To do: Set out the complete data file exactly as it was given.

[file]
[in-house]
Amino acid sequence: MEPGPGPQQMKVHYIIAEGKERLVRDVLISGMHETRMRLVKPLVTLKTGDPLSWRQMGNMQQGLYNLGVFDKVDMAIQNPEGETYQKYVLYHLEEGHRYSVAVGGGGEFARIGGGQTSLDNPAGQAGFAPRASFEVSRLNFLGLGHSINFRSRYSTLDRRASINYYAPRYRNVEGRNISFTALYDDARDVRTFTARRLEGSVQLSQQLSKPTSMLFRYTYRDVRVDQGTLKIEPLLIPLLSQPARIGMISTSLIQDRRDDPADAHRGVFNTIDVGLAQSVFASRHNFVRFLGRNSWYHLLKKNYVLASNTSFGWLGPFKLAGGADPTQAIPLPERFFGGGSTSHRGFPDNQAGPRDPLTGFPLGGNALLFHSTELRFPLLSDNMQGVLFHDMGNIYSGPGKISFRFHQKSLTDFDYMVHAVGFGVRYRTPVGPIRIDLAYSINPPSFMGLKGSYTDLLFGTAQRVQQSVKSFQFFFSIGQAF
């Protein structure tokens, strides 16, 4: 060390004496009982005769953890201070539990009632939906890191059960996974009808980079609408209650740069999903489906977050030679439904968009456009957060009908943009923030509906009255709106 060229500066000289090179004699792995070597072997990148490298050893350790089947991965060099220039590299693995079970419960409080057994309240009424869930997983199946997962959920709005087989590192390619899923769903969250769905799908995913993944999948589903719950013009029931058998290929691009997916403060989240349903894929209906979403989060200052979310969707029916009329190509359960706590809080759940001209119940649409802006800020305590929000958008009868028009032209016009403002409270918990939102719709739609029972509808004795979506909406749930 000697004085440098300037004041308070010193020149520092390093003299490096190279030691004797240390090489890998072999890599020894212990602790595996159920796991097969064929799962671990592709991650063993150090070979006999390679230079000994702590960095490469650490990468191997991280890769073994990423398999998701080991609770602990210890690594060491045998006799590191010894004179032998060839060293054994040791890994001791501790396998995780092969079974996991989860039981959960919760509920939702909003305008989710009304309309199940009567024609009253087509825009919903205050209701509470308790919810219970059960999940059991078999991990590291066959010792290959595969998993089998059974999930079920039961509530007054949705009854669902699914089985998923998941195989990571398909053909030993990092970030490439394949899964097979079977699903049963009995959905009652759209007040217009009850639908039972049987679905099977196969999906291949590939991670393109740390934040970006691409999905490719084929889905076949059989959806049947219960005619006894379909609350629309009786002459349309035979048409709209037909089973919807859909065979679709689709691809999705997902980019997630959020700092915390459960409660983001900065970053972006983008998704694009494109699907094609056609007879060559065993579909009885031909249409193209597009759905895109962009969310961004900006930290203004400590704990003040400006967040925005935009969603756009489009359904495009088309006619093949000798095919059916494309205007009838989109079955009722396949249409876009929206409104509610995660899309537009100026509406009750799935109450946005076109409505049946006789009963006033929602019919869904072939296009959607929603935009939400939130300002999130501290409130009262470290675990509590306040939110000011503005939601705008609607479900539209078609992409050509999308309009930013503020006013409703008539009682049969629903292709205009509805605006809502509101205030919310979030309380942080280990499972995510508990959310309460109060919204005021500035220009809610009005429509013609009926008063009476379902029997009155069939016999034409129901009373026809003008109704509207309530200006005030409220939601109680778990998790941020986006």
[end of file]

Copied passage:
[in-house]
Amino acid sequence: MEPGPGPQQMKVHYIIAEGKERLVRDVLISGMHETRMRLVKPLVTLKTGDPLSWRQMGNMQQGLYNLGVFDKVDMAIQNPEGETYQKYVLYHLEEGHRYSVAVGGGGEFARIGGGQTSLDNPAGQAGFAPRASFEVSRLNFLGLGHSINFRSRYSTLDRRASINYYAPRYRNVEGRNISFTALYDDARDVRTFTARRLEGSVQLSQQLSKPTSMLFRYTYRDVRVDQGTLKIEPLLIPLLSQPARIGMISTSLIQDRRDDPADAHRGVFNTIDVGLAQSVFASRHNFVRFLGRNSWYHLLKKNYVLASNTSFGWLGPFKLAGGADPTQAIPLPERFFGGGSTSHRGFPDNQAGPRDPLTGFPLGGNALLFHSTELRFPLLSDNMQGVLFHDMGNIYSGPGKISFRFHQKSLTDFDYMVHAVGFGVRYRTPVGPIRIDLAYSINPPSFMGLKGSYTDLLFGTAQRVQQSVKSFQFFFSIGQAF
């Protein structure tokens, strides 16, 4: 060390004496009982005769953890201070539990009632939906890191059960996974009808980079609408209650740069999903489906977050030679439904968009456009957060009908943009923030509906009255709106 060229500066000289090179004699792995070597072997990148490298050893350790089947991965060099220039590299693995079970419960409080057994309240009424869930997983199946997962959920709005087989590192390619899923769903969250769905799908995913993944999948589903719950013009029931058998290929691009997916403060989240349903894929209906979403989060200052979310969707029916009329190509359960706590809080759940001209119940649409802006800020305590929000958008009868028009032209016009403002409270918990939102719709739609029972509808004795979506909406749930 000697004085440098300037004041308070010193020149520092390093003299490096190279030691004797240390090489890998072999890599020894212990602790595996159920796991097969064929799962671990592709991650063993150090070979006999390679230079000994702590960095490469650490990468191997991280890769073994990423398999998701080991609770602990210890690594060491045998006799590191010894004179032998060839060293054994040791890994001791501790396998995780092969079974996991989860039981959960919760509920939702909003305008989710009304309309199940009567024609009253087509825009919903205050209701509470308790919810219970059960999940059991078999991990590291066959010792290959595969998993089998059974999930079920039961509530007054949705009854669902699914089985998923998941195989990571398909053909030993990092970030490439394949899964097979079977699903049963009995959905009652759209007040217009009850639908039972049987679905099977196969999906291949590939991670393109740390934040970006691409999905490719084929889905076949059989959806049947219960005619006894379909609350629309009786002459349309035979048409709209037909089973919807859909065979679709689709691809999705997902980019997630959020700092915390459960409660983001900065970053972006983008998704694009494109699907094609056609007879060559065993579909009885031909249409193209597009759905895109962009969310961004900006930290203004400590704990003040400006967040925005935009969603756009489009359904495009088309006619093949000798095919059916494309205007009838989109079955009722396949249409876009929206409104509610995660899309537009100026509406009750799935109450946005076109409505049946006789009963006033929602019919869904072939296009959607929603935009939400939130300002999130501290409130009262470290675990509590306040939110000011503005939601705008609607479900539209078609992409050509999308309009930013503020006013409703008539009682049969629903292709205009509805605006809502509101205030919310979030309380942080280990499972995510508990959310309460109060919204005021500035220009809610009005429509013609009926008063009476379902029997009155069939016999034409129901009373026809003008109704509207309530200006005030409220939601109680778990998790941020986006």